Do I Have to Pay for my Deceased Spouse’s Debts?

When spouses die, the surviving spouse is left with a host of issues that must be dealt with, including the question of who pays for any debts left behind. While some people are afraid that they will be responsible for personal debts a deceased spouse left behind, this is generally not the case. Individual debts are typically only the responsibility of the person who took on the debt, and not their spouses. When the debt holder dies, it is up to the estate to pay off the remaining debt. Let’s take a look at how this process works.

Appointing an Executor

If your spouse dies, someone will have to step in and become responsible for managing all of his or her property. This person is called an executor, or sometimes a personal representative or estate administrator. The executor has the legal authority to manage the property and determine who becomes the new owner.

Notifying Creditors

All the property a deceased person leaves behind is known as an estate, and it includes debts as well as assets. The executor will review and inventory all estate property. He or she will also notify potential creditors that the estate has been opened and that they need to submit a claim if they wish to be paid for the debt.

Paying Creditors

After identifying creditors, the executor will then use estate money to pay any remaining debts. If there is not enough estate money to pay these claims, the estate is known as “insolvent,” and some creditors will not be fully reimbursed.

Joint Debts

It’s important to differentiate between individual and joint debts in estate planning circumstances. Family members do not have to pay for a deceased relative’s individual debts, but any joint debts held with other family members are different. If, for example, spouses have a joint credit card and one of them dies, the remaining spouse is still responsible for the credit card debt.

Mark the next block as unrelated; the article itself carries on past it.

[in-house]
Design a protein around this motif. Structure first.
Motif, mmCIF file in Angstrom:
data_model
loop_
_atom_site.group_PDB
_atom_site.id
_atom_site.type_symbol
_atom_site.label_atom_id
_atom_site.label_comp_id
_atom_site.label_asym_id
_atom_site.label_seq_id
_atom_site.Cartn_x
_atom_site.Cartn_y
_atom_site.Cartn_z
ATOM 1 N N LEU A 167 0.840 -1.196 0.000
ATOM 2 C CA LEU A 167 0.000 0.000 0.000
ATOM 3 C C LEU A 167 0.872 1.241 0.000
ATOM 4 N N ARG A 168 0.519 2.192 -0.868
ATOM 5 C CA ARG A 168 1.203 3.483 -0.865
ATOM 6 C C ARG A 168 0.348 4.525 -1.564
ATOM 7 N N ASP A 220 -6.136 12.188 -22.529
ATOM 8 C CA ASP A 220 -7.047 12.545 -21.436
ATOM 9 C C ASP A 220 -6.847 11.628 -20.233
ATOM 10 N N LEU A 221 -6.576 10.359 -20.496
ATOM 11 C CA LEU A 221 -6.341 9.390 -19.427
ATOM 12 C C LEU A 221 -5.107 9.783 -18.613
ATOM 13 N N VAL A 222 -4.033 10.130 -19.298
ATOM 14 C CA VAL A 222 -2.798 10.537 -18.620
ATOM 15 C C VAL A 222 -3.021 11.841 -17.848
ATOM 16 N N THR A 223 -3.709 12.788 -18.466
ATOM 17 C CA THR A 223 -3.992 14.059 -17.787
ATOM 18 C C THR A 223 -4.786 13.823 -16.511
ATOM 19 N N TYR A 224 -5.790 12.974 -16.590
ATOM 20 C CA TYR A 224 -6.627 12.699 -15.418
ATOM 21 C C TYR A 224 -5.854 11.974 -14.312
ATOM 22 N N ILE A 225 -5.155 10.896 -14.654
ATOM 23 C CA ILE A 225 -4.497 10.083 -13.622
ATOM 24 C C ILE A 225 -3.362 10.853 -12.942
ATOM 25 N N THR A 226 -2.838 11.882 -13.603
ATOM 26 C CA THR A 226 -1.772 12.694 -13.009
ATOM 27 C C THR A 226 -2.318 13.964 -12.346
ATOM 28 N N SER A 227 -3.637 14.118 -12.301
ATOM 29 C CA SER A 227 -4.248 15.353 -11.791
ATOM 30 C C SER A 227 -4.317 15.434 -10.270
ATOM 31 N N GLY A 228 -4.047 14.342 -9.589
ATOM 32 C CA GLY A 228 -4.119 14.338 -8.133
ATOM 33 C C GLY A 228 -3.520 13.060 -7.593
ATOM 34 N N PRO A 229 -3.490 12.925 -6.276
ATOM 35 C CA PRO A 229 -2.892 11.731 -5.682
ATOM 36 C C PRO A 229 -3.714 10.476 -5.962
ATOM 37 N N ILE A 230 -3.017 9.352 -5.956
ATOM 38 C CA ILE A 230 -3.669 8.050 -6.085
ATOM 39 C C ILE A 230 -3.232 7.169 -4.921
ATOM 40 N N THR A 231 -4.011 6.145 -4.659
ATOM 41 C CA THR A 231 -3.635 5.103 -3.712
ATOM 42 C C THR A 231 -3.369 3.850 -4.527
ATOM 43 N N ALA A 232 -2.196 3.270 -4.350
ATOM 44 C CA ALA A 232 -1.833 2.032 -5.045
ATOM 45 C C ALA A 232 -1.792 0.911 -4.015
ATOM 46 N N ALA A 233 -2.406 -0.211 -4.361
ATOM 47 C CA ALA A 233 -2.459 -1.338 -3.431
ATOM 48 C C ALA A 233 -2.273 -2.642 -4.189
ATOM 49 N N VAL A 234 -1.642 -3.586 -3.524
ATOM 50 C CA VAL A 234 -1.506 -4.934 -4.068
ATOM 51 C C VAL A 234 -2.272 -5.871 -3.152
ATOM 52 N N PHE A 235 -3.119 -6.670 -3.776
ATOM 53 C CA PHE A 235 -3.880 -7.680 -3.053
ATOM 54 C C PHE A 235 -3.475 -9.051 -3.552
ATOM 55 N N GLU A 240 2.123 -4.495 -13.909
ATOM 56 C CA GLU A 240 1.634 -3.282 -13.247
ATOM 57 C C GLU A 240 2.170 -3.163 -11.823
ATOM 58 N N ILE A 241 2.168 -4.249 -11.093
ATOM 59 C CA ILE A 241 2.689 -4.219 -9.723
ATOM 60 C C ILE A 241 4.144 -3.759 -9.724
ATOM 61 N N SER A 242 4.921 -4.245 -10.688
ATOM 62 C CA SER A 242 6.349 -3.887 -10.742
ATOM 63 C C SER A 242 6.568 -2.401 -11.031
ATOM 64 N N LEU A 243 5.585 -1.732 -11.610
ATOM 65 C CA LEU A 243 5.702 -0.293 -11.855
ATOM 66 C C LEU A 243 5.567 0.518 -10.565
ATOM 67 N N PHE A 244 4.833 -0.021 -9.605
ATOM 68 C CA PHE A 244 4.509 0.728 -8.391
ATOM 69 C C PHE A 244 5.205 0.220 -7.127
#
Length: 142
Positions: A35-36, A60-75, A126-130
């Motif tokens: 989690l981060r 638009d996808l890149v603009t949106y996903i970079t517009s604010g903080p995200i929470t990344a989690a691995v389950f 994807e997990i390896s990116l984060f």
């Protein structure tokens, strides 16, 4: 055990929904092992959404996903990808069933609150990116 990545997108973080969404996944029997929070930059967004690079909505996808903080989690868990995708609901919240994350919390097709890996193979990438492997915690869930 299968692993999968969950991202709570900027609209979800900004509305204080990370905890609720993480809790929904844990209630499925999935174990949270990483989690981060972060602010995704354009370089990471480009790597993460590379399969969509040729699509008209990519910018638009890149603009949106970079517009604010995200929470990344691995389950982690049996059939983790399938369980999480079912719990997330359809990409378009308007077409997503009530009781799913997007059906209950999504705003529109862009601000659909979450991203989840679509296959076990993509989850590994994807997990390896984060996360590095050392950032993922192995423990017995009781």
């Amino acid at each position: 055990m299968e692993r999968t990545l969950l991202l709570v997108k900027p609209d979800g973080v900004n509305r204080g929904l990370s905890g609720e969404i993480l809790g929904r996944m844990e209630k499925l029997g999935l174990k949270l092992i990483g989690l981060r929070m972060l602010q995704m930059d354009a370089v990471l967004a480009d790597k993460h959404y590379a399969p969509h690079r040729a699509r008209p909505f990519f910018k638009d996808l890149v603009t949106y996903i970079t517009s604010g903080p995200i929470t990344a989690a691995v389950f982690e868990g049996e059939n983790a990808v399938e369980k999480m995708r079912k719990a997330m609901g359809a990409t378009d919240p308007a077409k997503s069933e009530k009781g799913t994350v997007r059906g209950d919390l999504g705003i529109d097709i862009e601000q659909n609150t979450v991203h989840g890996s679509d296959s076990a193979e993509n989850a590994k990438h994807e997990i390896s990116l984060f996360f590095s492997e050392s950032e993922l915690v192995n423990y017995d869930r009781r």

Author Bio

Catherine Hammond is the CEO and founder of Hammond Law Group, a Colorado-based estate planning law firm she founded in 2005. With a strong focus on protecting families from the legal consequences of disability and death, she creates comprehensive estate plans that minimize taxes, costs, and government interference.

A native of Denver, Catherine completed her undergraduate studies at Coe College in Iowa, and her Juris Doctorate from the University of Denver College of Law in 1993, concentrating on estate planning, tax, and mediation. Catherine is a member of various professional organizations, including WealthCounsel, ElderCounsel, the National Academy of Elder Law Attorneys, the Colorado Springs Estate Planning Council, and the Purposeful Planning Institute. Beyond her legal expertise, Catherine provides transformational coaching to support clients and their families through life transitions.

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